Monday, June 16, 2014

Russia Could Stop Selling Natural Gas to Europe



If Russia now does more and more trade with Asia, instead of with Europe and the West, then obviously that’s not… that’s good for Russia, that’s good for Asia, but America gets cut out and Europe gets cut out. You know, Russia used to sell a lot of gas to Europe, it still does, but if they stop selling natural gas to Europe, and sell it to Asia – that is not good for Europe, and, ultimately, not good for the US either, because the US and Europe are huge trading partners.

America does have oil reserves, but they are not enough to… I mean, if we’ve sold all of our oil reserves, it’s not enough to have any kind of significant effect on the world oil market. It might make the market go down for a day or weeks, or two weeks, even. But, then the markets it’s going to go back before, and the market may even go back more, because then America would have sold its oil reserves, and we wouldn’t have anything in reserve, so… again, you have to ask him, I don’t know, but that doesn’t seem like a very viable solution to me.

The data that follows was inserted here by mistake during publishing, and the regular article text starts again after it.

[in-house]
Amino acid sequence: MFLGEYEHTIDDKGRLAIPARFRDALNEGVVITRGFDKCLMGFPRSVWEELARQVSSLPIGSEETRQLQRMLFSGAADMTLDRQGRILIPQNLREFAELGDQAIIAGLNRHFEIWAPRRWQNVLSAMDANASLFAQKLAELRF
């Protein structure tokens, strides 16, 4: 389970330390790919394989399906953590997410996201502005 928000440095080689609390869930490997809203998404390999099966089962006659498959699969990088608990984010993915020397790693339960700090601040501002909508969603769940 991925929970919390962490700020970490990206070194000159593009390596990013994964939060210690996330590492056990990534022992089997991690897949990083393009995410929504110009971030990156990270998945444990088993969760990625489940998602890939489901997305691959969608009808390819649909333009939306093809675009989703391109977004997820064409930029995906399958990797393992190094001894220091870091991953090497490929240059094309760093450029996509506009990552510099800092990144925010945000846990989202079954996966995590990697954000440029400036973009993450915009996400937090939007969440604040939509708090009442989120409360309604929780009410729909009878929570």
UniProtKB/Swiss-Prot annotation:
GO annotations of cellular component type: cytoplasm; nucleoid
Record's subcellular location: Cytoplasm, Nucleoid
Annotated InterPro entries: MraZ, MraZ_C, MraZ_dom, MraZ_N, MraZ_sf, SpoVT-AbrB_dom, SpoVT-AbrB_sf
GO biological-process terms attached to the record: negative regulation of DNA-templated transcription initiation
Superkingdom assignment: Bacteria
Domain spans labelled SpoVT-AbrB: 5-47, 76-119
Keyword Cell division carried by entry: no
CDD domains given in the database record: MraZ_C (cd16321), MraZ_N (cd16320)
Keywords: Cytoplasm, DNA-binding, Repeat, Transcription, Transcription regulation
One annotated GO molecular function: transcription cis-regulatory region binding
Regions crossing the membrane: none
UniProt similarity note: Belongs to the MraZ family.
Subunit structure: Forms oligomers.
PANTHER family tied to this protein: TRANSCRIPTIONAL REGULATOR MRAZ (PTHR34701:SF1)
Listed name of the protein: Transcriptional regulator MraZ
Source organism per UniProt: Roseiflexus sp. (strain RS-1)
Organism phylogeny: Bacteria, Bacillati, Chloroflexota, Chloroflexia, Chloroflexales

It would take a long time for America in order to get natural gas from America to Europe. You don’t just sort of snap your fingers and do that. You don’t just put in on a boat or plane, you’ve got to have special ports on both sides, you’ve got to have special ships, and you’ve got to have natural gas in the right place. Yeah, it could happen someday, but some day is a long time away, and if Russia stops selling natural gas to Europe – that’s going to hurt Europe for several years until American gas can come, and that if we presume and suppose that there is enough American natural gas to ship to Europe. Europe uses a lot of natural gas, and America at the moment seems to have surplus of a natural gas - will they have a surplus in five years? I don’t know. Will we have enough to supply Europe gas for many years? I doubt it. - in Russia Today




Jim Rogers is a bestselling author, financial commentator and successful international investor. Rogers was a co-founder of the Quantum Fund (considered to be the first truly international fund of its kind) and is the creator of the Rogers International Commodities Index (RICI).
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